Fairbanks Tourism Sees Modest Gains: International Traffic
FAIRBANKS — Labor Day marks the end of summer, and, traditionally, the end of tourist season. As Fairbanks prepares to head into a long, dark winter, local businesses are assessing how their businesses fared in the 2011 season.
“The last two years we were up, slightly up. This year we were still slightly up — it’s been a decent season but we had to work really hard to make that happen,” said Doug Kenney, sales and marketing manager for the Sternwheeler Tanana Chief.
Kenney said he markets heavily to locals to make up for a decrease in independent travelers.
“It seemed like the local stuff was just as good as usual but there wasn’t as much walk-through, out-of-town tourism.”
When asked how the summer season went for his business, Matt Atkinson, marketing coordinator for Northern Alaska Tour Company, said, “We thought it was going to be a recovery year, up more than what it is. We were thinking it would be a 10 to 20 percent jump up, but it was actually less than 10 percent.”
Atkinson noted that his company saw an appreciable increase in international traffic.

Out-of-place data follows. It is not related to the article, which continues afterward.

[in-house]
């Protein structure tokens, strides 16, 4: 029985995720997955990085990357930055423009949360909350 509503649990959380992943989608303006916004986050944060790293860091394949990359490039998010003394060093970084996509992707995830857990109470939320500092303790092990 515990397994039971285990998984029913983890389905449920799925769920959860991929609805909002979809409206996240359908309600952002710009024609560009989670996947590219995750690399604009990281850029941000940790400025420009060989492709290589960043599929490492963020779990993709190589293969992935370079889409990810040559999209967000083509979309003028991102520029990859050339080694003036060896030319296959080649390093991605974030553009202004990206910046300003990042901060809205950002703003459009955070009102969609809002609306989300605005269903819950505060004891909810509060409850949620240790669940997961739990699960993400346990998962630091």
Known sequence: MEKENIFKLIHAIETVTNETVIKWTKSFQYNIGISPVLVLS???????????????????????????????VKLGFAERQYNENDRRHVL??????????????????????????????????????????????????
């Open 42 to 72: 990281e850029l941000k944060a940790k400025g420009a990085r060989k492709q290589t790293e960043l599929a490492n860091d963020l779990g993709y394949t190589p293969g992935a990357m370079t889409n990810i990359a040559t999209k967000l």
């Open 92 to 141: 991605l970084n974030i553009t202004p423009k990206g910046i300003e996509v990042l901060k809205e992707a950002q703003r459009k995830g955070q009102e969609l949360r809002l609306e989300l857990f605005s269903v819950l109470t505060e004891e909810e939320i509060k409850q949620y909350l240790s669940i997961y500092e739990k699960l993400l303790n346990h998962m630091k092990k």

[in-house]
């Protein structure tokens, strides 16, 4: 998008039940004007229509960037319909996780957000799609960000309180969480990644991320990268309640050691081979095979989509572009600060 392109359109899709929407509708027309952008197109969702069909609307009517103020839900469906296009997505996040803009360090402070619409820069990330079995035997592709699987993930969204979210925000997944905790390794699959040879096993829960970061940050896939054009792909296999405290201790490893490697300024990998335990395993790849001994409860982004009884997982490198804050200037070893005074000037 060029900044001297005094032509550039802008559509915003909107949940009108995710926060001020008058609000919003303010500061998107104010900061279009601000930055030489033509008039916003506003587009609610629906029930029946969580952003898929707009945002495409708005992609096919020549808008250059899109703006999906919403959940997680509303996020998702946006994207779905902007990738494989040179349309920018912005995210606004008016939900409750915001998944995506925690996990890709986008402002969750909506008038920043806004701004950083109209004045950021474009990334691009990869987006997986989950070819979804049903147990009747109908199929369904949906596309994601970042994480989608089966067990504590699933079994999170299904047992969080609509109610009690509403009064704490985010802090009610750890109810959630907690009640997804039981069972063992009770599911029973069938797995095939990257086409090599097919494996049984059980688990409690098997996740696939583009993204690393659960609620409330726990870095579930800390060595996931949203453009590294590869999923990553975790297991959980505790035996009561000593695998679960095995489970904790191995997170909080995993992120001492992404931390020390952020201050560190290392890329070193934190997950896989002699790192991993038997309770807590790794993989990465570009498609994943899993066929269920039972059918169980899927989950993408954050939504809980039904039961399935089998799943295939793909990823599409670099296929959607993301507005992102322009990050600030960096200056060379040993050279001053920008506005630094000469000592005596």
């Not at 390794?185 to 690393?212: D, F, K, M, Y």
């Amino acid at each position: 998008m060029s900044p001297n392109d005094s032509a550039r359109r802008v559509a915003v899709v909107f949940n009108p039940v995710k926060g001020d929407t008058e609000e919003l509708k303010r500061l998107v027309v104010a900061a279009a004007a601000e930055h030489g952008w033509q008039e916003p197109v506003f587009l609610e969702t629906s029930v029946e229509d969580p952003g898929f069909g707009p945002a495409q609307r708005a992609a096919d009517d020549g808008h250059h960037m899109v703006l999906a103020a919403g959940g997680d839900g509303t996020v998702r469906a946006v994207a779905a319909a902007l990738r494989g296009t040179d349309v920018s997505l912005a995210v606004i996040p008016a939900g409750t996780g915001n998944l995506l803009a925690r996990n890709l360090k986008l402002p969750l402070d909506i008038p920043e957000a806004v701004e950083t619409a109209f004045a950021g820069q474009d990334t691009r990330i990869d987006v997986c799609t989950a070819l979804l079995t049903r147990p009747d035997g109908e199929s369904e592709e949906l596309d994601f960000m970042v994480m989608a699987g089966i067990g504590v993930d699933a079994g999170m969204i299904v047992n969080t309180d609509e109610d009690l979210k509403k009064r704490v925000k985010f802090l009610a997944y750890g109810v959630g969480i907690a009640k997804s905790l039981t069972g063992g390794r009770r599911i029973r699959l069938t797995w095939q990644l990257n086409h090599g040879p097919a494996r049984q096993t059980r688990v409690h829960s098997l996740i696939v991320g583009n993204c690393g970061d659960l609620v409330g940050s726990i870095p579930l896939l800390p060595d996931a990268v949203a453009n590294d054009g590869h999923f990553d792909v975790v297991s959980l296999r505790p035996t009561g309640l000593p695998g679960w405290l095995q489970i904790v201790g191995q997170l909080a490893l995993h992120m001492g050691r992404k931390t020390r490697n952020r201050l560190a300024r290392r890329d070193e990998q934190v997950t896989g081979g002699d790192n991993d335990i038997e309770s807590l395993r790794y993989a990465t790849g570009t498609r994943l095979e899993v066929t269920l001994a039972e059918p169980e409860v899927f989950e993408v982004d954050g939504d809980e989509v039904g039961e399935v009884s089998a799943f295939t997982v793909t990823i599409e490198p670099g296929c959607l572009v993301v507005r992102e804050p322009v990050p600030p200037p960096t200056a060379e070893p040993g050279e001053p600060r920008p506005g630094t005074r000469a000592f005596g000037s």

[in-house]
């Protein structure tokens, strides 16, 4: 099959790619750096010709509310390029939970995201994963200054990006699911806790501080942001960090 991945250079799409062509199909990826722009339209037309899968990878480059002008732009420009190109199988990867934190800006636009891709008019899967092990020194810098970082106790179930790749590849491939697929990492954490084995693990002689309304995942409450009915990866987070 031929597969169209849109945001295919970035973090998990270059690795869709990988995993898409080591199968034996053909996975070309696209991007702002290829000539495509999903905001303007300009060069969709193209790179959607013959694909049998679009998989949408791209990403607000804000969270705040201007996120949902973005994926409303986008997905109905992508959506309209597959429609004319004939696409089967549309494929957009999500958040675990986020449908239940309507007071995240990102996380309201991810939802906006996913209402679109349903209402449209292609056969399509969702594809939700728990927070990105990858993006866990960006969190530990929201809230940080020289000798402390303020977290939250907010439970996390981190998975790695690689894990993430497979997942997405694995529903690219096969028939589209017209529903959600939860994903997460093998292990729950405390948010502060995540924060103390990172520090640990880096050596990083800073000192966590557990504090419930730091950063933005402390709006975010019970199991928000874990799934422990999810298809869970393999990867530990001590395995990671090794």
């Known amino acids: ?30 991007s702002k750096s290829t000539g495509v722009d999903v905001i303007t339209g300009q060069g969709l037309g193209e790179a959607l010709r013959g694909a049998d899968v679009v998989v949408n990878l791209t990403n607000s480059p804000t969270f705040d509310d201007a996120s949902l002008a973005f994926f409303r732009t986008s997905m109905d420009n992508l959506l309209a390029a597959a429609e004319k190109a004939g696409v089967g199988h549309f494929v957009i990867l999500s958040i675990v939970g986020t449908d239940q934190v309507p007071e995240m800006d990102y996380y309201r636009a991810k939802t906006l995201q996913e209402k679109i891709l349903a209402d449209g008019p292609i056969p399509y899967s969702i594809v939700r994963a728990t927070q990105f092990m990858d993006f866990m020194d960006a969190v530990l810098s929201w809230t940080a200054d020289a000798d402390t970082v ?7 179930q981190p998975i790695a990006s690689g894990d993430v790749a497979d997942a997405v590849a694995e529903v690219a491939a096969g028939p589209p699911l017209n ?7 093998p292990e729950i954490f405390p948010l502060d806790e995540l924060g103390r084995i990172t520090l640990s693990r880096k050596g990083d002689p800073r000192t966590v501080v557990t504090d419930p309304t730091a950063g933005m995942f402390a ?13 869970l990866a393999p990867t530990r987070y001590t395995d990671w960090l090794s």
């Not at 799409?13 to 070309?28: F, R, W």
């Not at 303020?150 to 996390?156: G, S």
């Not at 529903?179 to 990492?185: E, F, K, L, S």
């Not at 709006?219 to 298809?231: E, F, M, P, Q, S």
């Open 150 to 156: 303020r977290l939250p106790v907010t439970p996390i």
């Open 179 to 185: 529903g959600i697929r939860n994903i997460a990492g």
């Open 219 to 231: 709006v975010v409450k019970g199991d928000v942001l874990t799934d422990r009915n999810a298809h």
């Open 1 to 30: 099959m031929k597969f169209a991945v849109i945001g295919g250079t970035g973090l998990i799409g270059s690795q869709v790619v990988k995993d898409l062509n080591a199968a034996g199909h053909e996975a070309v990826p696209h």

“It feels like a lot more Australians were booked. Southeast Asia, too — university kids from India and some from Pakistan. China is starting to come into it. We’re also starting to see some Eastern Europeans, and we occassionaly have Italian and French.”
Other tourism-based businesses in the Fairbanks area mentioned the rise in international tourists.
“Independent contact has gone down but international travelers, booking through agents, are up. I’ve had a lot less random people from the Lower ’48. I’m doing more German, Swiss, Austrian and independent Japanese travelers,” said Cory Eberhart, proprietor of Taste of Alaska Lodge.
Nixie Doan, owner of The Fudge Pot, said she and her staff have noticed a lot of German, Asian and Australian tourists, as well as visitors from Brazil and France. Even so, her business is still down from what it was last year.
“It’s just been down, it’s been pretty hit and miss. The numbers haven’t been all that great,” said Doan.
Deb Hickok, president and CEO of the Fairbanks Convention and Visitors Bureau, said international tourism has been the “bright spot in the whole summer scenario. It’s up approximately 10 percent, which is very much a sign of the weakened American dollar. When you look at domestic travel, whether it’s cruise, land or independent, it’s slightly down or flat.”
Hickok said she is reluctant to give an assessment of the summer visitor season until she has received final figures. Those numbers will not be available until January, she said.